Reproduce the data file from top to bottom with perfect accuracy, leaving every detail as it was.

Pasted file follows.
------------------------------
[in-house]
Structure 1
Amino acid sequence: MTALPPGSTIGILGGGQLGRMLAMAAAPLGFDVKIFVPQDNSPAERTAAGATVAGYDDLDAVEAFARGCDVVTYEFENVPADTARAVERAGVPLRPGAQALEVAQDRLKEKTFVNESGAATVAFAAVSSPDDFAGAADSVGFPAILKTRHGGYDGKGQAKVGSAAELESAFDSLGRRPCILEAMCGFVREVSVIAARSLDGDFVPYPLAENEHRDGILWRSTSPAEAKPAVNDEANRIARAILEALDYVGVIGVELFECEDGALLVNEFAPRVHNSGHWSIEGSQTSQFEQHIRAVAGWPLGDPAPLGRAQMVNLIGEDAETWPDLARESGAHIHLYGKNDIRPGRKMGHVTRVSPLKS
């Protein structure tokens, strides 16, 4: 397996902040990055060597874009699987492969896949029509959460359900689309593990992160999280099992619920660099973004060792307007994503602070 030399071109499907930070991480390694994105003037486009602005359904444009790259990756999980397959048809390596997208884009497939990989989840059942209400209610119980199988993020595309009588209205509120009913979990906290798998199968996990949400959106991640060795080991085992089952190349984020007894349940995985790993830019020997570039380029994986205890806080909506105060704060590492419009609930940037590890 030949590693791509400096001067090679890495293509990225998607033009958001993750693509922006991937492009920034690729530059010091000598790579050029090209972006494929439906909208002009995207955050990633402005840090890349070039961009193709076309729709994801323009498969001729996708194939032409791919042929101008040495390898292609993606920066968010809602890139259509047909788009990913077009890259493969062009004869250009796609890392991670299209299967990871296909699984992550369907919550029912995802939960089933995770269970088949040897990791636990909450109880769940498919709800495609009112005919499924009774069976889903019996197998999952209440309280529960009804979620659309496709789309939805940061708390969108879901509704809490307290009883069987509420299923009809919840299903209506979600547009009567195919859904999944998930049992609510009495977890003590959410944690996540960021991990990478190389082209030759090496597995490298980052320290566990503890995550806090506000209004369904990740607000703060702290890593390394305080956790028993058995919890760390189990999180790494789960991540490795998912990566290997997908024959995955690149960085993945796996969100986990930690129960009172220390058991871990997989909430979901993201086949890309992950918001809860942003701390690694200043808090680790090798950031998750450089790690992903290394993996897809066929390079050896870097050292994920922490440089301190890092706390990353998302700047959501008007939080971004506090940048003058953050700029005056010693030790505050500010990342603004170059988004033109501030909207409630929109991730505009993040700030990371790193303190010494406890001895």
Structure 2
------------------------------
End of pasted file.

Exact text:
[in-house]
Structure 1
Amino acid sequence: MTALPPGSTIGILGGGQLGRMLAMAAAPLGFDVKIFVPQDNSPAERTAAGATVAGYDDLDAVEAFARGCDVVTYEFENVPADTARAVERAGVPLRPGAQALEVAQDRLKEKTFVNESGAATVAFAAVSSPDDFAGAADSVGFPAILKTRHGGYDGKGQAKVGSAAELESAFDSLGRRPCILEAMCGFVREVSVIAARSLDGDFVPYPLAENEHRDGILWRSTSPAEAKPAVNDEANRIARAILEALDYVGVIGVELFECEDGALLVNEFAPRVHNSGHWSIEGSQTSQFEQHIRAVAGWPLGDPAPLGRAQMVNLIGEDAETWPDLARESGAHIHLYGKNDIRPGRKMGHVTRVSPLKS
């Protein structure tokens, strides 16, 4: 397996902040990055060597874009699987492969896949029509959460359900689309593990992160999280099992619920660099973004060792307007994503602070 030399071109499907930070991480390694994105003037486009602005359904444009790259990756999980397959048809390596997208884009497939990989989840059942209400209610119980199988993020595309009588209205509120009913979990906290798998199968996990949400959106991640060795080991085992089952190349984020007894349940995985790993830019020997570039380029994986205890806080909506105060704060590492419009609930940037590890 030949590693791509400096001067090679890495293509990225998607033009958001993750693509922006991937492009920034690729530059010091000598790579050029090209972006494929439906909208002009995207955050990633402005840090890349070039961009193709076309729709994801323009498969001729996708194939032409791919042929101008040495390898292609993606920066968010809602890139259509047909788009990913077009890259493969062009004869250009796609890392991670299209299967990871296909699984992550369907919550029912995802939960089933995770269970088949040897990791636990909450109880769940498919709800495609009112005919499924009774069976889903019996197998999952209440309280529960009804979620659309496709789309939805940061708390969108879901509704809490307290009883069987509420299923009809919840299903209506979600547009009567195919859904999944998930049992609510009495977890003590959410944690996540960021991990990478190389082209030759090496597995490298980052320290566990503890995550806090506000209004369904990740607000703060702290890593390394305080956790028993058995919890760390189990999180790494789960991540490795998912990566290997997908024959995955690149960085993945796996969100986990930690129960009172220390058991871990997989909430979901993201086949890309992950918001809860942003701390690694200043808090680790090798950031998750450089790690992903290394993996897809066929390079050896870097050292994920922490440089301190890092706390990353998302700047959501008007939080971004506090940048003058953050700029005056010693030790505050500010990342603004170059988004033109501030909207409630929109991730505009993040700030990371790193303190010494406890001895």
Structure 2